You collect ‘em, we’ll edit ‘em, I’ll do the layout, we’ll sell it as an e-book. Whaddaya think? :)

  2. CaitieCat says

    I do, too, y’know? I think this could totally sell. We could donate profits to a charity, like the FBB or something. :)

  3. smrnda says

    I had to weigh in on the horrors of the demise of the ‘traditional date’ mostly since I’m as worried about that as I am about the decline of the traditional marriage. When I think of the ‘date’ or the ‘traditional date’ I think about a world where a man and woman would only be sitting across from each other over coffee or a meal to conduct an interview for a potential spouse. It’s a super-loaded, somewhat artificial interaction with a stated purpose.

    The whole ‘dating’ process makes no sense if you end up hanging out in mixed-gender groups of people your whole life.

    The other thing is there’s no reason why ‘casual sex’ should be seen as horrible. It assumes either total commitment and emotional investment or 0 commitment and emotional investment. I can occasionally do something like go to a movie with someone I’m not 100% committed to, but it doesn’t make it a totally empty experience. People can have sex just for fun and then still be friends or at least still respect each other, provided they haven’t been taught that what they did was shameful and wrong.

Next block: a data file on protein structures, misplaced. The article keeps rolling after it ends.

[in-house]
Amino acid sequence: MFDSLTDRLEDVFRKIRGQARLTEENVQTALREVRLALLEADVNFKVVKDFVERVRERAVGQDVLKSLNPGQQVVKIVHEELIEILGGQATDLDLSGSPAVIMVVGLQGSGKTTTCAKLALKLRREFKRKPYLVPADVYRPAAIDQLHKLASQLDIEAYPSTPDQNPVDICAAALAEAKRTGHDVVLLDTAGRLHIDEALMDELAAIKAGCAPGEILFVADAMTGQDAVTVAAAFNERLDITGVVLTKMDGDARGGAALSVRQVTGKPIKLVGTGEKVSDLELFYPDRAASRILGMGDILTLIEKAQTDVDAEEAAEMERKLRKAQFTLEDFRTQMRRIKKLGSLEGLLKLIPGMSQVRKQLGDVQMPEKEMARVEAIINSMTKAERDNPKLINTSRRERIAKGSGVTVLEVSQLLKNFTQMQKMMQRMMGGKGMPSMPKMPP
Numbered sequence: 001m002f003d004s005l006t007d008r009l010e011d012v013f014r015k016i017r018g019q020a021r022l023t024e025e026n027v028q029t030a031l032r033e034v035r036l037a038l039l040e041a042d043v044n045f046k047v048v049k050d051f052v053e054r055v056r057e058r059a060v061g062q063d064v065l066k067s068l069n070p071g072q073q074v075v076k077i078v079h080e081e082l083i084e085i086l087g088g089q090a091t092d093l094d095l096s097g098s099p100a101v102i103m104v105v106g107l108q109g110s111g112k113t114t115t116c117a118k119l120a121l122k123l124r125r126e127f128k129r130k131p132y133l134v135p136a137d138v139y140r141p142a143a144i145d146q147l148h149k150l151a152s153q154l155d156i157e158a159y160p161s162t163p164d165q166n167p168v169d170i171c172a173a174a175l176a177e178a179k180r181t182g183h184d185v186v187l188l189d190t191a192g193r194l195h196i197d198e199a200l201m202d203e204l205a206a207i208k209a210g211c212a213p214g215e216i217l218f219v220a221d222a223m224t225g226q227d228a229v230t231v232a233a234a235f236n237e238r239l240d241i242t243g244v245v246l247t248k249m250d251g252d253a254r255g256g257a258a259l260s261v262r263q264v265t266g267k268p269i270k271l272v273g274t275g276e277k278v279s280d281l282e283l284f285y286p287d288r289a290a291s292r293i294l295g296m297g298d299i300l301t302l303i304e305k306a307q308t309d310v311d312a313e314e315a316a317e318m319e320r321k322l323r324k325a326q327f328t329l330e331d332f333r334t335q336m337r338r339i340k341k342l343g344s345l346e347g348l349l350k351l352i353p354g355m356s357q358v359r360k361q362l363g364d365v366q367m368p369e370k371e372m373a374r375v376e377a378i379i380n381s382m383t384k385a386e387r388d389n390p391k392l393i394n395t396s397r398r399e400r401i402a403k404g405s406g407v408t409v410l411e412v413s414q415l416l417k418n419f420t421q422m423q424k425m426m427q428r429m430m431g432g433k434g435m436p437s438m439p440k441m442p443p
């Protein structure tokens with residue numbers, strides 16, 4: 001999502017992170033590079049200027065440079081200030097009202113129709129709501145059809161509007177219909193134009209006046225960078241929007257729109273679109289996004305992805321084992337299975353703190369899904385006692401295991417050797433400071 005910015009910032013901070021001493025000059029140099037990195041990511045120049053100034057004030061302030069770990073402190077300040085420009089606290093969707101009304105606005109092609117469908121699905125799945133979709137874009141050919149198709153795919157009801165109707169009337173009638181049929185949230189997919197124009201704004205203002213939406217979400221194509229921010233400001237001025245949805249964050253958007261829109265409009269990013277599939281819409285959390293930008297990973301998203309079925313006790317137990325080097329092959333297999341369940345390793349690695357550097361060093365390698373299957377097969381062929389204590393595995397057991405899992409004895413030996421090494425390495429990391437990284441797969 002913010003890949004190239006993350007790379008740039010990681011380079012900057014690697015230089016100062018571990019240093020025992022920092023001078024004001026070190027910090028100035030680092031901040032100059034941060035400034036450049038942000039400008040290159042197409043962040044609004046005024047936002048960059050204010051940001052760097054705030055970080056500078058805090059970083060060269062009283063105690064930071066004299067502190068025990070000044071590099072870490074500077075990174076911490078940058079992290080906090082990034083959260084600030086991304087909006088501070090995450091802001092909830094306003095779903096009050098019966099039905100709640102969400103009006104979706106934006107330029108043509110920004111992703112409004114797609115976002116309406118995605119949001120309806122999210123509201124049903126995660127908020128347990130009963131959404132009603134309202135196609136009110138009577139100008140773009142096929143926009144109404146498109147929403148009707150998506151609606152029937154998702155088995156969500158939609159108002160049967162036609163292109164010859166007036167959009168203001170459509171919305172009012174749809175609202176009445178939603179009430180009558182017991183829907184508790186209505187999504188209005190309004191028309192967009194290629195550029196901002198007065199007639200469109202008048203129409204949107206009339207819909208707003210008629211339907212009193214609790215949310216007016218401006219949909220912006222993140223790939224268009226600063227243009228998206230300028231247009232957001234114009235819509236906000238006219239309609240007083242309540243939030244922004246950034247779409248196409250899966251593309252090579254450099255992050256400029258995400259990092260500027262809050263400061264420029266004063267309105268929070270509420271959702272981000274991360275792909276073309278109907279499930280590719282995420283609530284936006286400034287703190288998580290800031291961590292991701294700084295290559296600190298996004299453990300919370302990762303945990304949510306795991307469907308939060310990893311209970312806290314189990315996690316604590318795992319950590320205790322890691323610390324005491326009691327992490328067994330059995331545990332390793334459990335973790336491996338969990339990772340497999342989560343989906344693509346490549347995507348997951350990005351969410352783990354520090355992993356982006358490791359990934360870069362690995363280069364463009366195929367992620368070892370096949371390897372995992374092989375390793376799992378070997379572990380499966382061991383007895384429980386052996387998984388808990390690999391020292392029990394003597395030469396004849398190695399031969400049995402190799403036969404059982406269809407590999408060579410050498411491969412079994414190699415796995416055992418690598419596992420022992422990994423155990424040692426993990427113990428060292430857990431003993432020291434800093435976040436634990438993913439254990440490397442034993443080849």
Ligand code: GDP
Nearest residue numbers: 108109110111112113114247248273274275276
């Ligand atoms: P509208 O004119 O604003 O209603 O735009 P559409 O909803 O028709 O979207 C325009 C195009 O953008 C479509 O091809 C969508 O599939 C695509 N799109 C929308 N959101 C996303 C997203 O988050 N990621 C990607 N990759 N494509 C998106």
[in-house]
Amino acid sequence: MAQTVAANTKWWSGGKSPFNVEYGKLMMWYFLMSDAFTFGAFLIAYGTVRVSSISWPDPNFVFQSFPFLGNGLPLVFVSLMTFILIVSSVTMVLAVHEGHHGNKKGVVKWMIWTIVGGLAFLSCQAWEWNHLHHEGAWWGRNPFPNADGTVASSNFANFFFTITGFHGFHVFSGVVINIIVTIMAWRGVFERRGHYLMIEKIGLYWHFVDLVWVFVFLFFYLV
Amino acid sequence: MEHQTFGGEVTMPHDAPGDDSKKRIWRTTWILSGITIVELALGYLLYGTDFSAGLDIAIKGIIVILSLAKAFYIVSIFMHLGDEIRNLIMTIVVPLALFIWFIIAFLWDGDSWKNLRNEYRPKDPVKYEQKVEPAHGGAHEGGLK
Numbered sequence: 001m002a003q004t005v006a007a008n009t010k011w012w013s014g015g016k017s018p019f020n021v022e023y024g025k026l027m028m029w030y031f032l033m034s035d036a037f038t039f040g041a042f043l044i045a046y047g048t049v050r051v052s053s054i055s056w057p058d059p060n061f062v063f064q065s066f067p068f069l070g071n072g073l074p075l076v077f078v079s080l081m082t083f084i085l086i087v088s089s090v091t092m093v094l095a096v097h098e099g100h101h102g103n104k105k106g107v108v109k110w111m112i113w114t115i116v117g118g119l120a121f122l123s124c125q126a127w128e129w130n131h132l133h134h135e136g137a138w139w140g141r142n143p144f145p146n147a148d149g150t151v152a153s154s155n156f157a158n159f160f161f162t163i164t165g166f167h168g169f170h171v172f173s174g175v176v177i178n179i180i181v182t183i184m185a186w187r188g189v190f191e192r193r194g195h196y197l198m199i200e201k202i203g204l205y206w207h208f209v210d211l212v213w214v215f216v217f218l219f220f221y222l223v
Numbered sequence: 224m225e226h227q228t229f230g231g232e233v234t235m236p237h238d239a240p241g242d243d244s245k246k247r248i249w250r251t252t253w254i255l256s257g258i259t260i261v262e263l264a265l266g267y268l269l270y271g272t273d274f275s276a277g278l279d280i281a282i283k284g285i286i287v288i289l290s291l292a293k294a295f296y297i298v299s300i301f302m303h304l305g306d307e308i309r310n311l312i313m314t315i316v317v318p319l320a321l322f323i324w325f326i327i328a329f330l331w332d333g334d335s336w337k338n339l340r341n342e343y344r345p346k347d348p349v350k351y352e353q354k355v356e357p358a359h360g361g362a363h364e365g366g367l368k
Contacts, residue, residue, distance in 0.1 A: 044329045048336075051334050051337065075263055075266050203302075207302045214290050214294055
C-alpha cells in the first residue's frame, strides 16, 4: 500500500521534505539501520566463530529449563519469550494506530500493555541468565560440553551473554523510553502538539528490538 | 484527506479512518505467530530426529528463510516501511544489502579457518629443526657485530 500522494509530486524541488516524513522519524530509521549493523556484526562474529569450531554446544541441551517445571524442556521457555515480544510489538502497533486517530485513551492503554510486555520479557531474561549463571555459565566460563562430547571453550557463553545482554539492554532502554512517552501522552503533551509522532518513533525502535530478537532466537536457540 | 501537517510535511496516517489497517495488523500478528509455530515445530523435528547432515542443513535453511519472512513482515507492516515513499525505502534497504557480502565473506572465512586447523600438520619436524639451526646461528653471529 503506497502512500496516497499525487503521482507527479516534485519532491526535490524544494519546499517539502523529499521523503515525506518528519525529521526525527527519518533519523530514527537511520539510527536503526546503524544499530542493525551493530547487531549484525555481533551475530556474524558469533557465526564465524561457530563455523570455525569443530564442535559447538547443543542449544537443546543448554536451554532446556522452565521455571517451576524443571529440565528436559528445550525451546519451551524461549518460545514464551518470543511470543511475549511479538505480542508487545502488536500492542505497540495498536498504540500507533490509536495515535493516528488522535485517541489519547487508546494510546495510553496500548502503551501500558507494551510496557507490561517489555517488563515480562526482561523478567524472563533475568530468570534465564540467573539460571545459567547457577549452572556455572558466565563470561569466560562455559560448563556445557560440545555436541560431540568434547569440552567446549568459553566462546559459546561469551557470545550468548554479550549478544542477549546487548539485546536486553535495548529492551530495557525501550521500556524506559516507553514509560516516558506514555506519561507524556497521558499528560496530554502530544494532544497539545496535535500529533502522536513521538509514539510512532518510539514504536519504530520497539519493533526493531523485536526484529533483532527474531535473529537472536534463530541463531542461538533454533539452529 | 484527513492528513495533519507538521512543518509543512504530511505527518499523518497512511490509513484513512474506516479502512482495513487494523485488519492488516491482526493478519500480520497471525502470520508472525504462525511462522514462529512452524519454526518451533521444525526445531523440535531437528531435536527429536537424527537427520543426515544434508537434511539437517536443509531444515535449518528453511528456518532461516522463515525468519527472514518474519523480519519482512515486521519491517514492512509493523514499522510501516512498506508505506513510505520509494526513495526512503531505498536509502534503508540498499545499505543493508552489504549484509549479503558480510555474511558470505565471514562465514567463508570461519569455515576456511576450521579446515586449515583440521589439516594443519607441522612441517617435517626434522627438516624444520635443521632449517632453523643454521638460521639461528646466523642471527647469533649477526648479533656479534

• says

      noooo…. not over coffee that’s too “casual”!!!!!!!!!! It must be a fancy dinner, or else it doesn’t count!!!1111

      “dating” is such an inane invention.

  4. Tethys says

    I like the anthology e-book idea! I will help edit and proof, and I can even contribute a story or two.

    Seriously, lets do this.

  5. CaitieCat says

    I can edit and proof, too, as well as doing layout; I have the Adobe Creative Suite, including InDesign (their layout tool), and have laid out books before.

    I’m no project manager, though; do we have someone who is?

  6. MK says

    Thank so much for including the bit about asexuality. I’m tired of telling people I identify with asexual, only to have them ask “Then you don’t like sex, right?” or “then why are you talking about sex all the time?” or “So we can’t hook up?” Shits fucked up

    • smrnda says

      My joke used to be ‘dating? that’s that thing with carbon 14 and dinosaur bones.’ Even some of us in Western cultures grew up in subcultures where ‘dating’ didn’t seem to happen as planned.

      I heard the whole idea of the ‘date’ came from some story in the early 20th century as increasing urbanization had changed the way men and women looked for partners. I’m going to have to dig around and see if I can find that source.

  7. Tethys says

    I’m serious about the e-book idea too. I think it would be a great project, and I happen to have construction project manager experience. No experience with the world of writing and publishing, but I think the basic principles still apply as most management consists of coordinating all involved parties.

  8. says

    From the other side, I tried hooking up once or twice (depending on how you count it), and I very quickly decided that *for me* it was completely unsatisfying. So I stopped doing it. I strongly suspect people who don’t stop probably enjoy it more than I did? I’m male. Hookups were with men.

  9. Jacob Schmidt says

    How do men feel about casual sex? (You might think the answer is obvious, but that’s just because you haven’t talked to enough men.)

    I thought feminists were supposed to totally hate men? I was told so; it must be true.

    Asian and Indian American women are desexualized–presumed to have little independent sexuality–based on their race.